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Church Sues Government for Allegedly 'Blocking' Pastor From Feeding Poor

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An Arizona church is suing the City of San Luis, charging officials with allegedly blocking its charitable food distribution to individuals and families in need.

Listen to them on the latest episode of “Quick Start":

Conservative legal firm First Liberty Institute and law firm Snell and Wilmer L.L.P. filed a complaint and request for a preliminary injunction in the United States District Court for the District of Arizona on behalf of Gethsemani Baptist Church.

Jeremy Dys, senior counsel for First Liberty, told CBN News the church, headed by Pastor Jose Manuel Castro, is close to the U.S.-Mexico border and has long served people in need.

“Here’s a church that has, for the last 25 or 30 years, been present in that community and caring for its people by handing them food when they need it,” Dys said, noting people all over the region have benefited from Gethsemani Baptist Church’s efforts.

The attorney said the house of worship recently found itself in the crosshairs over truck deliveries that reportedly violate city codes in the church’s zoning district. According to AZ Family, local municipal codes state commercial vehicles over one-and-a-half tons cannot be in residential lots.

An incident last summer in which a truck hit a fence outside a nearby home and neighbors complained reportedly sparked code enforcement, according to AZ Family. The church purportedly covered repairs, but the situation has devolved.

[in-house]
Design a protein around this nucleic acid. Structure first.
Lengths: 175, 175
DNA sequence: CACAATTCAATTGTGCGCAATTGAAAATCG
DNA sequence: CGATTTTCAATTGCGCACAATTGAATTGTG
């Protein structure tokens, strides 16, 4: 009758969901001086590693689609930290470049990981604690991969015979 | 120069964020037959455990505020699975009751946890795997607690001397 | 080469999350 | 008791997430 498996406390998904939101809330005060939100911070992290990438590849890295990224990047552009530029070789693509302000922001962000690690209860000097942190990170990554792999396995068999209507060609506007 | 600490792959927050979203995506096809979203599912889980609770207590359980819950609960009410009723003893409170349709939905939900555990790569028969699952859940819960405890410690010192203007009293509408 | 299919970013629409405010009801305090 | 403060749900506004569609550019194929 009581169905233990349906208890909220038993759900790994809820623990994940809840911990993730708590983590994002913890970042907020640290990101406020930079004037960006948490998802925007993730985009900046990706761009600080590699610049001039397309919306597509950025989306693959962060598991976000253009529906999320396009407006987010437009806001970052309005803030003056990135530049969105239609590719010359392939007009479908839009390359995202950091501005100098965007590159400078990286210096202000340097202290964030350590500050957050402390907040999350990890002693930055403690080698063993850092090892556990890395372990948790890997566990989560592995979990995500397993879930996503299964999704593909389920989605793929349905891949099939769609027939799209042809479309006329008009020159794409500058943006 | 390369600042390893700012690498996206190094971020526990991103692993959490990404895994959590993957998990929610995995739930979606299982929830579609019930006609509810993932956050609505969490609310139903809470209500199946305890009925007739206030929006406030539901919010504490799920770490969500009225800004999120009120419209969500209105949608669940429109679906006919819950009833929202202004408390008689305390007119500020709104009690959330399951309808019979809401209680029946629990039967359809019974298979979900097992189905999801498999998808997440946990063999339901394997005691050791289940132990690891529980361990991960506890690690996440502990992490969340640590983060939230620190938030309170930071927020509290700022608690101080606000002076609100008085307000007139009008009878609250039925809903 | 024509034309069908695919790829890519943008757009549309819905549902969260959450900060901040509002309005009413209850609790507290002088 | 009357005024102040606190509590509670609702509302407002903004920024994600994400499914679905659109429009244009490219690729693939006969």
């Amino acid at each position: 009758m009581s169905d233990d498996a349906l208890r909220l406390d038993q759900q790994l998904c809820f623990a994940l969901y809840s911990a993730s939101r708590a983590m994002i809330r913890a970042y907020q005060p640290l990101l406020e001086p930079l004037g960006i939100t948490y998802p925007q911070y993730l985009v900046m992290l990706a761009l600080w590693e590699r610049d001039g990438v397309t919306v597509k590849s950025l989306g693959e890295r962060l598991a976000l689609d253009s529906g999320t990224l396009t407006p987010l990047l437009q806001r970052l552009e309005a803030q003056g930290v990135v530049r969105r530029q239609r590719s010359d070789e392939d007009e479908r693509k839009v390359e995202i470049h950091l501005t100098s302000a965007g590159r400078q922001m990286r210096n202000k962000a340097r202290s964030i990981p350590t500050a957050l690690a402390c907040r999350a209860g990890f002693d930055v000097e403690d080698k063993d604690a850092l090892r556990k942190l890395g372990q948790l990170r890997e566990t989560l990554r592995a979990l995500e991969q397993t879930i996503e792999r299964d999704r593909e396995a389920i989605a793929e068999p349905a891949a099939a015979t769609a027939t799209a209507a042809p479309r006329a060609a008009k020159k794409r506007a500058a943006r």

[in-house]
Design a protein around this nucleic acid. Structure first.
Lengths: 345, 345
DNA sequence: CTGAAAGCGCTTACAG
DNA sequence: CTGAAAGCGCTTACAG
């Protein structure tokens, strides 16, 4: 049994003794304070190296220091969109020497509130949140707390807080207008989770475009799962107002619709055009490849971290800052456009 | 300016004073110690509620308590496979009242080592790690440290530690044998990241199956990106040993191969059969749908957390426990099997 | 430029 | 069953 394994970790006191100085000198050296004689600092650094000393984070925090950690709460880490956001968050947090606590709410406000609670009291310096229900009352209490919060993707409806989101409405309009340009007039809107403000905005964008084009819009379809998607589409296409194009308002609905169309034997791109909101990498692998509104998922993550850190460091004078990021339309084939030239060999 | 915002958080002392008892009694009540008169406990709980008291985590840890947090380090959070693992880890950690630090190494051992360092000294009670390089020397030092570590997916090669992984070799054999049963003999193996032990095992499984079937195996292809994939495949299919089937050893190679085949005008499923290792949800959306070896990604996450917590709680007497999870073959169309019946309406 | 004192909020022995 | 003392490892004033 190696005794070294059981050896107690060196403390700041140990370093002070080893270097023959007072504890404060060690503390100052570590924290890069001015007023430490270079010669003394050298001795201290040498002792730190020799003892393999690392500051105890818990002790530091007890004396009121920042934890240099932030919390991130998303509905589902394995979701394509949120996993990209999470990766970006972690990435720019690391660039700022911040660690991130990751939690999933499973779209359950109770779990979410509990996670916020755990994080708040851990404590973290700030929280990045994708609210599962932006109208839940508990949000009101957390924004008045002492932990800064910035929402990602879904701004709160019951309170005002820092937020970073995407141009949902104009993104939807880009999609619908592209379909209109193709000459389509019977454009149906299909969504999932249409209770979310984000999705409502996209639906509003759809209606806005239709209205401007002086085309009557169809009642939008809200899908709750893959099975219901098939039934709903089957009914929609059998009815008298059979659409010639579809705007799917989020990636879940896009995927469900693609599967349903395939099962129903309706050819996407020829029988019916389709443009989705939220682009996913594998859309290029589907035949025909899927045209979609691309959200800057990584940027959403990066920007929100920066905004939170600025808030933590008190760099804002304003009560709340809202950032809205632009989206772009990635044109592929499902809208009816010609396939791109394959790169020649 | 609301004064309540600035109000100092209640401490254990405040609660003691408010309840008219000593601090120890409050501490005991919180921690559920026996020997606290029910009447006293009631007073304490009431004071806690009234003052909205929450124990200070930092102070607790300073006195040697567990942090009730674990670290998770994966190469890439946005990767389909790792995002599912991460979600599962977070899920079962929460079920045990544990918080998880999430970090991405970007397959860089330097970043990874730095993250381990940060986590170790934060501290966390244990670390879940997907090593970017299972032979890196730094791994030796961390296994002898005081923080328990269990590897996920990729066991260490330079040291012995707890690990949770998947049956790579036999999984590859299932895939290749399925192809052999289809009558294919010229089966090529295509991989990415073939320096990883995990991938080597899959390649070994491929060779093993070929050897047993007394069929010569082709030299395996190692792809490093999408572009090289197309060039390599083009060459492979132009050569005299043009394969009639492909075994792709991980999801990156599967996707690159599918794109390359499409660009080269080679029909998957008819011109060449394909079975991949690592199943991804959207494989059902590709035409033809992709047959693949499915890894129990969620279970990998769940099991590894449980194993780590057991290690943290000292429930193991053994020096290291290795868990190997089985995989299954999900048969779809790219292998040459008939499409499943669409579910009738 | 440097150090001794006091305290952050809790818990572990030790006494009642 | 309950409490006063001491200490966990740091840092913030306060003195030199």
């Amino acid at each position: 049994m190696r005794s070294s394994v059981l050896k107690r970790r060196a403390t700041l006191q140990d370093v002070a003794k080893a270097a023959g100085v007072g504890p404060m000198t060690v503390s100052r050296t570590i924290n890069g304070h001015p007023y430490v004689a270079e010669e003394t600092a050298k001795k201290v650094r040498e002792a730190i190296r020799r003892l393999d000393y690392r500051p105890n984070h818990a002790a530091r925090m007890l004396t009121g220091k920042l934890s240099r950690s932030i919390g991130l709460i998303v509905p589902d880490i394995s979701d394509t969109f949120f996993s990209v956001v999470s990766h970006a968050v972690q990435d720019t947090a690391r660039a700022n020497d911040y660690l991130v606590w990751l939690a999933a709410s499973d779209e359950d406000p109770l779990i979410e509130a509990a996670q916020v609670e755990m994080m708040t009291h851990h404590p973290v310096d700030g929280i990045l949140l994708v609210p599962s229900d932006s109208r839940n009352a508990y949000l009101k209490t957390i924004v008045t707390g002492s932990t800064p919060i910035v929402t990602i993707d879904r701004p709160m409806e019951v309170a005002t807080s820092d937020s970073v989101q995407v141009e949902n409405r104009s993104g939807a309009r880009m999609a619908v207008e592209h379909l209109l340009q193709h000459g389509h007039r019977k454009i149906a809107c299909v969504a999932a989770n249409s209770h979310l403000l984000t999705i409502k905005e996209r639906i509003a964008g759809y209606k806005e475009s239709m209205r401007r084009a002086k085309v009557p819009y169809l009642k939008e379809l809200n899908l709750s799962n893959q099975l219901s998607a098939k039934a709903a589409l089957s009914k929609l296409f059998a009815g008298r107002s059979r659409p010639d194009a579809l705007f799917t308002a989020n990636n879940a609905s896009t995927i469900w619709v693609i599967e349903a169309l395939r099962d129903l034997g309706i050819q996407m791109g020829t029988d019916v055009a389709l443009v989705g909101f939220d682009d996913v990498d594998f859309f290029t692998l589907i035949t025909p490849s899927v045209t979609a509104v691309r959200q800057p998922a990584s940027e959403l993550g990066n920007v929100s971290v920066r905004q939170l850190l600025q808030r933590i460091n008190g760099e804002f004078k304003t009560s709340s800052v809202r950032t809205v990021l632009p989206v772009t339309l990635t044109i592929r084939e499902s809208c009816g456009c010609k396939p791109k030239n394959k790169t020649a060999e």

Increased tensions have led the church to pause food outreach and take legal action.

Watch Dys explain:

According to First Liberty, the City of San Luis has “issued [two] fines and threatens criminal charges for parking transport trucks in the church’s parking lot.” Dys said this is a shocking development after a previously friendly relationship between the city and church.

“The church has done what it has always done and so there’s really been no change on the end of the church,” Dys said. “They’ve just been simply trying to care for people in their community.”

The attorney said the election of a new mayor seemed to coincide with Gethsemani Baptist Church’s newfound struggles — a battle that has caused the church to pause its longstanding food outreach.

“What changed, it seems, is the mayor … was elected to office and very promptly kicked the church out of the city’s warehouses,” Dys said. “They had been using their warehouses for storage of food until they could move it to their property to hand it out.”

He said the battle seems to be based on the church’s use of a semi-truck to deliver the food for outreaches. Dys said ordinances preclude the church from having the truck on the church’s property, despite the outreach unfolding there since 1999 purportedly without significant incident.

Dys also charged that Gethsemani Baptist Church is being “singled out” and ticketed while at least one other establishment is allowed to receive food deliveries in a similar manner. A press release states, “the church and its pastor cannot afford the city’s heavy fines and fear that more citations could result in the pastor going to jail.”

“It’s only this church that is being singled out ticketed and fined for trying to feed the hungry,” he said, noting the pastor of the church is worried these charges could intensify. “The church has been forced to suspend their ministry until this lawsuit resolves the problem.”

Dys said he is hopeful the lawsuit will enable the church to resume its ministry to those in need.

The San Luis mayor’s office has not yet responded to a request for comment. We will update this story if and when a response is given.

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About The Author

Billy Hallowell writes for CBN's He has been working in journalism and media for more than a decade. His writings have appeared in CBN News, Faithwire, Deseret News, TheBlaze, Human Events, Mediaite, PureFlix, and Fox News, among other outlets. He is the author of several books, including Playing with Fire: A Modern Investigation Into Demons, Exorcism, and Ghosts Hallowell has a B.A. in journalism and broadcasting from the College of Mount Saint Vincent in Riverdale, New York and an M.S. in social research from Hunter College in Manhattan, New York.